After the revocation of the Edict of Nantes, the Dutch Republic received the largest group of Huguenot refugees, an estimated total of 75,000 to 100,000 people. Amongst them were 200 clergy. Many came from the region of the Cévennes, for instance, the village of Fraissinet-de-Lozère.[59] This was a huge influx as the entire population of the Dutch Republic amounted to ca. 2 million at that time. Around 1700, it is estimated that nearly 25% of the Amsterdam population was Huguenot.[citation needed] In 1705, Amsterdam and the area of West Frisia were the first areas to provide full citizens rights to Huguenot immigrants, followed by the Dutch Republic in 1715. Huguenots intermarried with Dutch from the outset.

One of the most prominent Huguenot refugees in the Netherlands was Pierre Bayle. He started teaching in Rotterdam, where he finished writing and publishing his multi-volume masterpiece, Historical and Critical Dictionary. It became one of the 100 foundational texts of the US Library of Congress. Some Huguenot descendants in the Netherlands may be noted by French family names, although they typically use Dutch given names. Due to the Huguenots' early ties with the leadership of the Dutch Revolt and their own participation, some of the Dutch patriciate are of part-Huguenot descent. Some Huguenot families have kept alive various traditions, such as the celebration and feast of their patron Saint Nicolas, similar to the Dutch Sint Nicolaas (Sinterklaas) feast.

Wales[edit]

A number of French Huguenots settled in Wales, in the upper Rhymney valley of the current Caerphilly County Borough. The community they created there is still known as Fleur de Lys (the symbol of France), an unusual French village name in the heart of the valleys of Wales. Nearby villages are Hengoed, and Ystrad Mynach. Apart from the French village name and that of the local rugby team, Fleur De Lys RFC, little remains of the French heritage.

England[edit]

Huguenot weavers' houses at Canterbury

Both before and after the 1708 passage of the Foreign Protestants Naturalization Act, an estimated 50,000 Protestant Walloons and Huguenots fled to England, with many moving on to Ireland and elsewhere. In relative terms, this was one of the largest waves of immigration ever of a single ethnic community to Britain.[60] Andrew Lortie (born André Lortie), a leading Huguenot theologian and writer who led the exiled community in London, became known for articulating their criticism of the Pope and the doctrine of transubstantiation during Mass.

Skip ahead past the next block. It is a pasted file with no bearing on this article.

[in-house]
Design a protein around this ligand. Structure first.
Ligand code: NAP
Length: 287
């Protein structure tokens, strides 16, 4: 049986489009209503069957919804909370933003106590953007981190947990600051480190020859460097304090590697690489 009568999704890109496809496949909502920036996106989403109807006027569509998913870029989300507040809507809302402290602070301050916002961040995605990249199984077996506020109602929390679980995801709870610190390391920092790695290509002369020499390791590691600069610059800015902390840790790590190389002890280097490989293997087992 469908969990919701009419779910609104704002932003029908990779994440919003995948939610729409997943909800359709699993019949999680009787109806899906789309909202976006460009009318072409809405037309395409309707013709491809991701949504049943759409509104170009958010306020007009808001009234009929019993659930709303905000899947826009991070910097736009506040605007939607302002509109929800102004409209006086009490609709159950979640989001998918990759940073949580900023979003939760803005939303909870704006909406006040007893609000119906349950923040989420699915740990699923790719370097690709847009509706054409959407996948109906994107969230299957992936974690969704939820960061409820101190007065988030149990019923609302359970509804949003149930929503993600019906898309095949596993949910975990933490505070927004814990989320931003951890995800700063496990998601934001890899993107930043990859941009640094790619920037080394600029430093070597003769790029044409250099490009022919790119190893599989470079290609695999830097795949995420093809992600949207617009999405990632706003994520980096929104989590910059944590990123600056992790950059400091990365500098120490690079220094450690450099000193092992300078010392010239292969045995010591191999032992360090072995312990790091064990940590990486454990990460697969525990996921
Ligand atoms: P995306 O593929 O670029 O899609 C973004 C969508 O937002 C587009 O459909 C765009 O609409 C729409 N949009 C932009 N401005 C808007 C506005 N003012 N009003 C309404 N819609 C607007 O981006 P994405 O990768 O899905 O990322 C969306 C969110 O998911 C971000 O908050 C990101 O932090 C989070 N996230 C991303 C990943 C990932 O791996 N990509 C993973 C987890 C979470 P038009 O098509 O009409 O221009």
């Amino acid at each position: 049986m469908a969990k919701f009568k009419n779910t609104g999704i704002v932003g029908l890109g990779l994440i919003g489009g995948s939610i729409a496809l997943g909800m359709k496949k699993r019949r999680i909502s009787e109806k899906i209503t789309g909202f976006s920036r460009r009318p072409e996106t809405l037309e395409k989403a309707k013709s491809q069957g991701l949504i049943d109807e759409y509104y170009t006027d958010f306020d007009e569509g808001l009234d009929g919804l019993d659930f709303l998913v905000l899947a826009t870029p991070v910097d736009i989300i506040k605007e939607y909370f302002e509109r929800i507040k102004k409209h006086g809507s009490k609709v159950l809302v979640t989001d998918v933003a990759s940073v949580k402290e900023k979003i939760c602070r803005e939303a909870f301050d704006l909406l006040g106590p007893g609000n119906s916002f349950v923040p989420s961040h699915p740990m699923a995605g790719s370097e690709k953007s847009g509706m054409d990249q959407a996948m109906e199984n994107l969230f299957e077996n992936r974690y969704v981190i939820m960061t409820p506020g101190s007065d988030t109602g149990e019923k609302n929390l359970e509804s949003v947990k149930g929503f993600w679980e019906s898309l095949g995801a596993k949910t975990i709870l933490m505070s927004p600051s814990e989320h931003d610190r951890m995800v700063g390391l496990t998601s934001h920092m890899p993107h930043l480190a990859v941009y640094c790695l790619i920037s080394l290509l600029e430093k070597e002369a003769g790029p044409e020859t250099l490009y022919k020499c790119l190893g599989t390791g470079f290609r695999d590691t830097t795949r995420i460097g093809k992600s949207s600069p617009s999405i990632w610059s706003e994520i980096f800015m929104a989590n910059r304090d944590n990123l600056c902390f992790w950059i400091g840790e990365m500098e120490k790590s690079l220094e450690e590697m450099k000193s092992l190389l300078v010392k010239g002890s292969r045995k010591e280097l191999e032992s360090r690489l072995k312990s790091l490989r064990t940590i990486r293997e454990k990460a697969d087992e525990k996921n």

Of the refugees who arrived on the Kent coast, many gravitated towards Canterbury, then the county's Calvinist hub. Many Walloon and Huguenot families were granted asylum there. Edward VI granted them the whole of the western crypt of Canterbury Cathedral for worship. In 1825, this privilege was reduced to the south aisle and in 1895 to the former chantry chapel of the Black Prince. Services are still held there in French according to the Reformed tradition every Sunday at 3 pm.

Other evidence of the Walloons and Huguenots in Canterbury includes a block of houses in Turnagain Lane, where weavers' windows survive on the top floor, as many Huguenots worked as weavers. The Weavers, a half-timbered house by the river, was the site of a weaving school from the late 16th century to about 1830. (It has been adapted as a restaurant—see illustration above. The house derives its name from a weaving school which was moved there in the last years of the 19th century, reviving an earlier use.) Others refugees practised the variety of occupations necessary to sustain the community as distinct from the indigenous population. Such economic separation was the condition of the refugees' initial acceptance in the City. They also settled elsewhere in Kent, particularly Sandwich, Faversham and Maidstone—towns in which there used to be refugee churches.

The French Protestant Church of London was established by Royal Charter in 1550. It is now located at Soho Square.[61] Huguenot refugees flocked to Shoreditch, London. They established a major weaving industry in and around Spitalfields (see Petticoat Lane and the Tenterground) in East London.[62] In Wandsworth, their gardening skills benefited the Battersea market gardens. The Old Truman Brewery, then known as the Black Eagle Brewery, was founded in 1724. The flight of Huguenot refugees from Tours, France drew off most of the workers of its great silk mills which they had built.[citation needed] Some of these immigrants moved to Norwich, which had accommodated an earlier settlement of Walloon weavers. The French added to the existing immigrant population, then comprising about a third of the population of the city.